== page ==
WASHINGTON: The Pentagon will submit a report to Congress this summer outlining plans for a new office to lead the military and intel agencies’ work developing and acquiring artificial intelligence tools, a high priority for the national security wing of the federal government alarmed at the huge leaps China is making in the field.
Michael Griffin, the Pentagon’s research and engineering chief, told a crowd at the Hudson Institute on Friday that his office is still hammering out the details, but the Joint Artificial Intelligence Center (JAIC) will tie together the military’s efforts with those of the Intelligence Community, allowing them to combine efforts in a breakneck push to move government’s AI initiatives forward.
Griffin said that plans are still very much a work in progress, but he wants to make clear it won’t be a traditional joint office. For one, speed is critical. Once things are in place, the staff will need to move quickly to break down walls across the military and 17 intel shops to ensure American advantages in machine-learning outpace those of the Chinese.
But that might be a tall order. Many in Silicon Valley are balking at working with the government on military weapons or surveillance systems that they say could be used to kill people or intrude on personal privacy. That’s a problem the Chinese simply don’t have, as research institutes and universities are compelled to work with the authoritarian government when asked.
That difference was thrown into high relief earlier this month, when thousands of Google employees signed a petition demanding their company stop work with the Pentagon on Project Maven, a program that would use Google’s AI software to collect and analyze drone footage.
The Pentagon counters that Maven isn’t a weapons system, and makes use of open-source technology to speed up how human analysts sort through information. A DoD spokesperson told Breaking Defense that Maven “is fully governed by, and complies with” U.S. law and the laws of armed conflict and is “designed to ensure human involvement to the maximum extent possible in the employment of weapon systems.”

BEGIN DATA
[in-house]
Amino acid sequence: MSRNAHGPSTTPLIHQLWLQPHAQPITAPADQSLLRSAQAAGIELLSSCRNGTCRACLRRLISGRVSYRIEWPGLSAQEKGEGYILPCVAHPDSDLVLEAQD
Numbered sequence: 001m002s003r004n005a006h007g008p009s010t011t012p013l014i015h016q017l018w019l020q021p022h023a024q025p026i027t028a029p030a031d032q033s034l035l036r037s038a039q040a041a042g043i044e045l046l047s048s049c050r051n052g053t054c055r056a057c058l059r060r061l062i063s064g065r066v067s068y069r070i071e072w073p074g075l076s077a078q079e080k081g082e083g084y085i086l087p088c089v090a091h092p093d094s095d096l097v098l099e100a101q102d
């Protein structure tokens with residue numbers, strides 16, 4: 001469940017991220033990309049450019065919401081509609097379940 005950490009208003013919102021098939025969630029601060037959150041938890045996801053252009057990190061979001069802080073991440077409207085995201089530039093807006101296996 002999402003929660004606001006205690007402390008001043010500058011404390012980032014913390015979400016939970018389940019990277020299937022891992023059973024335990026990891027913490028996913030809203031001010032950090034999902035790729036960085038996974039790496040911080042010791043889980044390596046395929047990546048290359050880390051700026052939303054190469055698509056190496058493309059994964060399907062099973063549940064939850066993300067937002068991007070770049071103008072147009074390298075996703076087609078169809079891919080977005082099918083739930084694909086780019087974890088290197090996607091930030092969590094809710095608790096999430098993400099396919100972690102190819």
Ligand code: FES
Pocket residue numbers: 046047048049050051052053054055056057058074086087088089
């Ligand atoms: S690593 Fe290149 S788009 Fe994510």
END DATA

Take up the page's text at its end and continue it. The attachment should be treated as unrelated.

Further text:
Chinese officials have boasted that they plan to be the world leader in artificial intelligence by 2030, an effort underscored by massive investments that cut across civilian and military applications. In 2017 alone, $12.5 billion in startup funding flowed into artificial intelligence companies, with Chinese startups receiving 48 percent of that money.
But Griffin isn’t only concerned about the Chinese advantages in AI. He’s also worried about the decline in the amount of hardware being built in the United States.
As much as 80 percent of the microelectronics being used in the United States today are produced in Taiwan, he said, and while the small island is an American ally, it sits “uncomfortably close to a nation that has in many ways declared itself to be an adversary to the United States.” He’s concerned that Taiwan’s microelectronic manufacturing could be taken out by cyberattack, crippling both the Pentagon’ and commercial sector’s ability to upgrade and replace its existing systems.
“If another nation can bring about the collapse of our civilian economy, in what sense can the Department of Defense defend the nation?” he asked. “If we cannot rely upon our software, if we cannot fully trust the software and electronics, then in what sense can we say we defend the nation?”
In other Pentagon technology news, the Pentagon’s head of acquisition and sustainment, Ellen Lord, told reporters at the Pentagon Friday that Jeff Boeing will be the building’s new special assistant for software acquisition. He’s currently the chief technology officer at Carnegie Mellon University’s Software Engineering Institute.